Hello Fellow Colleagues,
As all of you have also experienced, I’ve had my share of adventures through the labyrinths of educational technologies, all promising new bells and whistles to serve our learners and us better. Initially, to help me provide digital content to my learners, I created my own websites, eventually moving over to institutionally supported CMS systems. Here I’ve dabbled with Blackboard, Moodle, Edmodo, Google Classroom and now have set a new course for adventures in Canvas. Collectively, they remind me of the motto on the Nautilus, Mobilis in Mobile, technology moving amidst constant change. Just when you think you might have learned the ins and outs of a system, a better one arrives. I like technology so I’m always exploring new tools, but it does get a bit overwhelming at times to determine what will actually work and what just looks interesting but will be too difficult to evaluate the educational impact. So I’ve come to embrace the “less is more” notion expressed in Warlocks’s ninth guideline to “keep it simple and effective.”
I wish to share with you some of my experiences as they pertain to how I approach building my online-hybrid classrooms. I usually try to evaluate them by looking at design tools, content creation tools, and content management systems (CMS) available to me.
- Design tools:
These include tools that allow you to create your own interface either through direct HTML5 coding, or through the use of digital composers, i.e., website builders (WordPress, Wix, Weebly, Squarespace) that offer users a variety of templates and a friendly interface with easy drag and drop features. These allow you to effortlessly link/post content to a variety of sources including social media applications. I’ve enjoyed using these design tools for hybrid classes as I feel they allow me the greatest amount of creative control; however, there are limitations with content privacy.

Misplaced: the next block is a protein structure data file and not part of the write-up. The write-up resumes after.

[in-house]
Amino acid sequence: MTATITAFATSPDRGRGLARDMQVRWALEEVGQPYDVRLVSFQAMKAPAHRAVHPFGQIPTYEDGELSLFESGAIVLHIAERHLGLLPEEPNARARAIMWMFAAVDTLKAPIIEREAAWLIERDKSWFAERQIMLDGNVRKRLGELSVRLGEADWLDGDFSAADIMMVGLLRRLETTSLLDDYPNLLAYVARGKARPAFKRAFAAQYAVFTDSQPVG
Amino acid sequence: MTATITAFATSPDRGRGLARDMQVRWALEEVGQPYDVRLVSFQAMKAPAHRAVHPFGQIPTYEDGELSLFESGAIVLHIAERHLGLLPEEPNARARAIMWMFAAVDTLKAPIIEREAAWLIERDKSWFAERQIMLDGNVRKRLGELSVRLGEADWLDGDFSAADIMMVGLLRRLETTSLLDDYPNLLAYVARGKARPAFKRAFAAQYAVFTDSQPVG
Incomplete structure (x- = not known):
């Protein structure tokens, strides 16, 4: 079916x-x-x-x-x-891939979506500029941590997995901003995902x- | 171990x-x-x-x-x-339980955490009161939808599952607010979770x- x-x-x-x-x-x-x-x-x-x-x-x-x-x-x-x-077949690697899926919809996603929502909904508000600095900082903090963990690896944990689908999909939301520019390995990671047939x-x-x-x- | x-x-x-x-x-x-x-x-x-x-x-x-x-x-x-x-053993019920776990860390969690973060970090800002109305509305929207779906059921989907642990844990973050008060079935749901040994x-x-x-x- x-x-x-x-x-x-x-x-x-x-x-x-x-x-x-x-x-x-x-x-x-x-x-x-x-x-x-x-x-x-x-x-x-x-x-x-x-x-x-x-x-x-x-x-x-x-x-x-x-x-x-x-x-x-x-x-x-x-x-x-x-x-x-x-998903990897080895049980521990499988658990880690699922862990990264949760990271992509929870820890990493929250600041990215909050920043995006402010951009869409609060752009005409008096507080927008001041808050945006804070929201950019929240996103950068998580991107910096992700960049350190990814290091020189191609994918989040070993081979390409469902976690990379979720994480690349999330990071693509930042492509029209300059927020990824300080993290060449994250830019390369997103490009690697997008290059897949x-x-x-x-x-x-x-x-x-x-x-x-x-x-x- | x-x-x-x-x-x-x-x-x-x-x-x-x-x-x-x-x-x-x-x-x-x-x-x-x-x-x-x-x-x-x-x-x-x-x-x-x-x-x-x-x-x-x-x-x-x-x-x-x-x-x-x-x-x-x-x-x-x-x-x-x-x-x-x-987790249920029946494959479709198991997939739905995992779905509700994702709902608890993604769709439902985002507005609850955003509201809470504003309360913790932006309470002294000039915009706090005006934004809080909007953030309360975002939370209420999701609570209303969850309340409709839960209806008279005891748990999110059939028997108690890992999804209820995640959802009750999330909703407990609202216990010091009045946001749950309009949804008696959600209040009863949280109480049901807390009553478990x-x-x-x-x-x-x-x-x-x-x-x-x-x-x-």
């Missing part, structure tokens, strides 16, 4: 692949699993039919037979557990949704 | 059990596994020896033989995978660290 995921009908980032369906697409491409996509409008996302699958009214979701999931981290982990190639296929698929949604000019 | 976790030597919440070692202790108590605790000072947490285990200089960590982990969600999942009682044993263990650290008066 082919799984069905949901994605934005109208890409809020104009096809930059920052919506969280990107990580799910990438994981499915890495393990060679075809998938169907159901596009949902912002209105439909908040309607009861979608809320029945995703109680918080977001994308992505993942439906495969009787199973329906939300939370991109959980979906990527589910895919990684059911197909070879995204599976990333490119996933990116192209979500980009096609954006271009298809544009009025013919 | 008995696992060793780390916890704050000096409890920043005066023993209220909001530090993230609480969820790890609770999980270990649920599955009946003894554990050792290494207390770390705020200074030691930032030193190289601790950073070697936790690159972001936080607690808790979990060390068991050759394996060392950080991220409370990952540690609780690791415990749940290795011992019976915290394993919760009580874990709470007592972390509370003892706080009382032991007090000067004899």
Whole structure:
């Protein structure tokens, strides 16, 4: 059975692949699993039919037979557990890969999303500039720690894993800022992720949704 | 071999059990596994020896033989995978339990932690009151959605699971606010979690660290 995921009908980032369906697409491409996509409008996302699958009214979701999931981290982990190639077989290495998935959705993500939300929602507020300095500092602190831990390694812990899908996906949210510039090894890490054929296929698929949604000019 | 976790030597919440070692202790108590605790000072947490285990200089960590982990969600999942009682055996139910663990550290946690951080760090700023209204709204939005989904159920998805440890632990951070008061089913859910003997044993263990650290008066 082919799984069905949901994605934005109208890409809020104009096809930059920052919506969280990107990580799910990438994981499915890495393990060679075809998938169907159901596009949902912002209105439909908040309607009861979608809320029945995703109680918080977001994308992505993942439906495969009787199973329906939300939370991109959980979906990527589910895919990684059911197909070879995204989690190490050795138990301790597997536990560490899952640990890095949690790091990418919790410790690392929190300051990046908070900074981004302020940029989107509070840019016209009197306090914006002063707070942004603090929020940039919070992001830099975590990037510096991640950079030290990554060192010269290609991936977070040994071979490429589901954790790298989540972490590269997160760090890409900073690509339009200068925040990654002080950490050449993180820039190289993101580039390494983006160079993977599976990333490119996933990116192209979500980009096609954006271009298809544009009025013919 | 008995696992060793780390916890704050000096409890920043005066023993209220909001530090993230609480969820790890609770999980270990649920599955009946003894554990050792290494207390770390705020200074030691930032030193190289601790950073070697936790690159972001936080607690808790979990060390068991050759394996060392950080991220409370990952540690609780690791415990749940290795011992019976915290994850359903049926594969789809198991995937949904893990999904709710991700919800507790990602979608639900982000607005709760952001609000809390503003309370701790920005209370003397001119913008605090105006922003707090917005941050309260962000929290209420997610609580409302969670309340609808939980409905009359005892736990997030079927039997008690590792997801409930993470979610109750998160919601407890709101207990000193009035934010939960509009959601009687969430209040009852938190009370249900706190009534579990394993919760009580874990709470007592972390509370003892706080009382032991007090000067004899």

- Content creation tools:
Whether using web builders or an existing CMS infrastructure, I use lots of different tools to help build and design my content for classes. Since many of you use these I won’t go into much detail on them other than to list them. I use Keynote, PowerPoint and Prezi for in-class content presentation. I usually use the first two and then convert them to PDF and upload/link to the virtual classroom, blog or CMS. I try to have students also use these tools for their presentations, or choose a number of other programs that are better suited for social media integration.
- Smore and Pinterest: Great for brainstorming ideas and creating digital flyers/posters and/or image archives. Smore allows you or students to create great flyers without requiring much in the way of design skills.
- YouTube: I create class channels in which I can link content into my HTML/CMS sites or have students upload video projects to the account.